Tanzania keen on exporting electricity

Power transmission line26 August 2013, Dar es Salaam – Neighbouring has already placed a 1,000 megawatts application for electricity that will be generated through natural gas from Mtwara’s Mnazi Bay come 2015.

This was said by the Minister for Energy and Minerals, Prof Sospeter Muhongo in Dar es Salaam last Saturday after inspecting construction work of the over 530 kilometres Mtwara to Dar es Salaam gas pipeline. The job is being undertaken by China Petroleum Pipeline Bureau.

The minister said that the country’s next major exports will include electricity, minerals and natural gas. “By 2015 we will have capacity to generate more than 3,000MW of electricity which will be over and above our demand.

The surplus will be exported,” Prof Muhongo noted, adding that the work of laying the over steel pipe is due to end before December, next year.

The minister dismissed fears that electricity from natural gas will be exported while local demand is ignored as unrealistic. He insisted that his ministry will ensure that only the surplus is exported.

“We will only export the surplus after satisfying the local market,” the minister said, when journalists wished to know how 3,000MW can leave behind a surplus when over 70 per cent of potential domestic consumers have no access to power from the national grid.

Currently, the country produces slightly above 1,000MW which caters for less than 20 per cent of domestic consumption. Prof Muhongo said that currently the government is importing electricity from Kenya, Uganda and Zambia hence the need to export the commodity to earn the foreign currency.

“We buy power from Zambia for consumers in Rukwa Region, Uganda for Kagera and Kenya for regions of the north. Now why shouldn’t we export our surplus by 2015?” the top geologist argued.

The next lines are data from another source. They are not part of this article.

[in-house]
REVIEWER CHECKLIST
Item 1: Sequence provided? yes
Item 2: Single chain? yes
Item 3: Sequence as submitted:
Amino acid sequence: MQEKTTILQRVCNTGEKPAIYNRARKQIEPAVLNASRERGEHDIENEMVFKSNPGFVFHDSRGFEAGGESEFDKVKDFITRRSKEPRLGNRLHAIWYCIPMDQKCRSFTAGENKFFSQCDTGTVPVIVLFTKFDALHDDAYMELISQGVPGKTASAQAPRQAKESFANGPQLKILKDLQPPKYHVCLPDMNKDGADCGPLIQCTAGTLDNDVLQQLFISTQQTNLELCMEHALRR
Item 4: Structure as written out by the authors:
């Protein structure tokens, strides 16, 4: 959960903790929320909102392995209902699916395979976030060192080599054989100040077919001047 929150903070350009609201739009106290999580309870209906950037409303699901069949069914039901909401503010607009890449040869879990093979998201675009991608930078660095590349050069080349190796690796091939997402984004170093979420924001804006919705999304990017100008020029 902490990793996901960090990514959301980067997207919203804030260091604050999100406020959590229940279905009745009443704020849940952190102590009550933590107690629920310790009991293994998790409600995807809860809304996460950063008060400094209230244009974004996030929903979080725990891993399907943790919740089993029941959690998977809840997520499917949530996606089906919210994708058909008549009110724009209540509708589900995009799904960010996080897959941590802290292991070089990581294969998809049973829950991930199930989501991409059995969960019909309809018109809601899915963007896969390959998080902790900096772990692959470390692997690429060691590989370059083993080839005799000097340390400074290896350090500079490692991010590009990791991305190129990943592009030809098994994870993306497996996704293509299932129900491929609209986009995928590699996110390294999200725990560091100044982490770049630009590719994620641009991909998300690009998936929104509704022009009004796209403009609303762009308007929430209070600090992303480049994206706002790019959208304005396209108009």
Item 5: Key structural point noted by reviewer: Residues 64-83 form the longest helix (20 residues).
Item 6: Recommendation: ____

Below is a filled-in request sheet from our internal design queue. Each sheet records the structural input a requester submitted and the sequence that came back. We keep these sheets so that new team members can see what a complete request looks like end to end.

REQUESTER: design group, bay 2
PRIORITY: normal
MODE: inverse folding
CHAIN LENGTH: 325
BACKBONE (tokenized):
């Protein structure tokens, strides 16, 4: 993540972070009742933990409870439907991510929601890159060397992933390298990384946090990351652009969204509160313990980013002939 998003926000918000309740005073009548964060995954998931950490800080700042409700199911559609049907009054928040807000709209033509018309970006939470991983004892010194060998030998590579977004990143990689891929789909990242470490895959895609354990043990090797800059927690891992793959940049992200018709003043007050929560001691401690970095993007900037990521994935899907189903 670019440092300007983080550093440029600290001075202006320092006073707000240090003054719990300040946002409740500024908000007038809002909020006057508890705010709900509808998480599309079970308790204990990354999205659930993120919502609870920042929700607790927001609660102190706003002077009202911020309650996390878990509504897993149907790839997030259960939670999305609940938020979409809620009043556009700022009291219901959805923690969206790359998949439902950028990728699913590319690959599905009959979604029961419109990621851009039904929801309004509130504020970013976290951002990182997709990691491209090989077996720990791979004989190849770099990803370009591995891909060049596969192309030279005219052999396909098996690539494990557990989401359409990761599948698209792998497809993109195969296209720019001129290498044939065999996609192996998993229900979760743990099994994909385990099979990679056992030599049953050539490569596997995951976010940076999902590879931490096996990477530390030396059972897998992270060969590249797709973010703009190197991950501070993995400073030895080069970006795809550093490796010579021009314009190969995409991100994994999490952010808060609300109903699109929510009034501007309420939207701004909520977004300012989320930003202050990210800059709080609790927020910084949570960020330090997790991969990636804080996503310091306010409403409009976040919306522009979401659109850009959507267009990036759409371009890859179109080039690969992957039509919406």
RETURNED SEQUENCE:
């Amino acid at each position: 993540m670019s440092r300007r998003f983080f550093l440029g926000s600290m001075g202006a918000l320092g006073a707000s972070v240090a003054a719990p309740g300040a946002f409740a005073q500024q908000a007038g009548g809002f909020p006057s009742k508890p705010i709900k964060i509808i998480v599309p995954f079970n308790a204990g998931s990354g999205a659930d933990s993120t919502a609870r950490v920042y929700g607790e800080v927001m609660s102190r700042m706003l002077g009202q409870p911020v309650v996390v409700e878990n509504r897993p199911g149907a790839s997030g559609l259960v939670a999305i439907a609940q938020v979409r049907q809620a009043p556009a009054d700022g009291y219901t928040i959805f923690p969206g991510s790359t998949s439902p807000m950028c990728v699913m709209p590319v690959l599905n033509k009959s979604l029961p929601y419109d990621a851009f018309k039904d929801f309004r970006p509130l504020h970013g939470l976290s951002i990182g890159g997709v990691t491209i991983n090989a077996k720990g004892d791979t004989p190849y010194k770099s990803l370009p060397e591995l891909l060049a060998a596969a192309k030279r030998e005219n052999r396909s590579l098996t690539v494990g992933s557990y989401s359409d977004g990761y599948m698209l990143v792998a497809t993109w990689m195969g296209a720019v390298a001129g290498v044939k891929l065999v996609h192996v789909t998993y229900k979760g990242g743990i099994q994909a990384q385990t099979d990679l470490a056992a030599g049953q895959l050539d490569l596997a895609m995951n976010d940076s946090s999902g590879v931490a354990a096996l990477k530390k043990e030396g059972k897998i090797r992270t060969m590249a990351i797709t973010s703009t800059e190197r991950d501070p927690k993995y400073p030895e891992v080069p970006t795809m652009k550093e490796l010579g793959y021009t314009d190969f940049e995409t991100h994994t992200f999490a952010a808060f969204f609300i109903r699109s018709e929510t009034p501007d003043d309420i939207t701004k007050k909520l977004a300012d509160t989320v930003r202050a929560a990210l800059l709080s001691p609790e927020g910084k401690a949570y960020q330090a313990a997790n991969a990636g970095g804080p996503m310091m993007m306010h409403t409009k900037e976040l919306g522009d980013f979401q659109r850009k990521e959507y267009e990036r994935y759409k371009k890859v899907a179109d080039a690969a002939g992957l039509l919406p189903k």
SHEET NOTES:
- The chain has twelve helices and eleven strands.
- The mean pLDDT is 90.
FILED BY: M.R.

He also said that Chinese energy companies are likely to bid for oil and gas exploration blocks during the Fourth Round next October.

The Chinese Ambassador to Tanzania, Mr Lu Yonging, underscored the importance of the gas pipeline project in boosting the country’s revenue, taming poverty and enhancing East African regional integration.

“As you know energy is the biggest obstacle for East African integration and that’s why the region’s master-plan allows gas supply to other The envoy accompanied Prof Muhongo during the inspection which started at Somanga Fungu gas processing plant in Kilwa District.

He said that Chinese energy companies will soon join the race for exploration and extraction of oil and gas as more reserves are discovered.

“Most giant oil and gas companies in the world are targeting Asia and the Chinese market but since Tanzania is our good friend, we will open up our market to this country’s commodities,” said Yonging.

Construction work of the approximately 532 km long pipeline was launched last year and is being funded by a loan from China’s Export-Import Bank. Some 3,900 MW of electricity will be generated through natural gas by the end of 2015.

– Tanzania Daily News

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